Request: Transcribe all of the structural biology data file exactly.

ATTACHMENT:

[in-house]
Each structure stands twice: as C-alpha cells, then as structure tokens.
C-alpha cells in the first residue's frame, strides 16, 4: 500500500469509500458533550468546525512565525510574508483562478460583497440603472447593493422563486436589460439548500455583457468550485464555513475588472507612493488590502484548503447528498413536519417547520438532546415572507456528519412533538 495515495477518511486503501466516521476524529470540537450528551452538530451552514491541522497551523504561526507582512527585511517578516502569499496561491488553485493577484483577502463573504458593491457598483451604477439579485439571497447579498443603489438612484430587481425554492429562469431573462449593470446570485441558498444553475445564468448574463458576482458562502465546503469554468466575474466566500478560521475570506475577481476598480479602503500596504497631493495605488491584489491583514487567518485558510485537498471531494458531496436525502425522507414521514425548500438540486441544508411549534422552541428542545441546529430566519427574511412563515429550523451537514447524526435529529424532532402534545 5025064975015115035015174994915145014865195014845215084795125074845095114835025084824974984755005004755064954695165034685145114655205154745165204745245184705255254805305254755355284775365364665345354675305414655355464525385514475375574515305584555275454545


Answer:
[in-house]
Each structure stands twice: as C-alpha cells, then as structure tokens.
C-alpha cells in the first residue's frame, strides 16, 4: 500500500469509500458533550468546525512565525510574508483562478460583497440603472447593493422563486436589460439548500455583457468550485464555513475588472507612493488590502484548503447528498413536519417547520438532546415572507456528519412533538 495515495477518511486503501466516521476524529470540537450528551452538530451552514491541522497551523504561526507582512527585511517578516502569499496561491488553485493577484483577502463573504458593491457598483451604477439579485439571497447579498443603489438612484430587481425554492429562469431573462449593470446570485441558498444553475445564468448574463458576482458562502465546503469554468466575474466566500478560521475570506475577481476598480479602503500596504497631493495605488491584489491583514487567518485558510485537498471531494458531496436525502425522507414521514425548500438540486441544508411549534422552541428542545441546529430566519427574511412563515429550523451537514447524526435529529424532532402534545 5025064975015115035015174994915145014865195014845215084795125074845095114835025084824974984755005004755064954695165034685145114655205154745165204745245184705255254805305254755355284775365364665345354675305414655355464525385514475375574515305584555275454545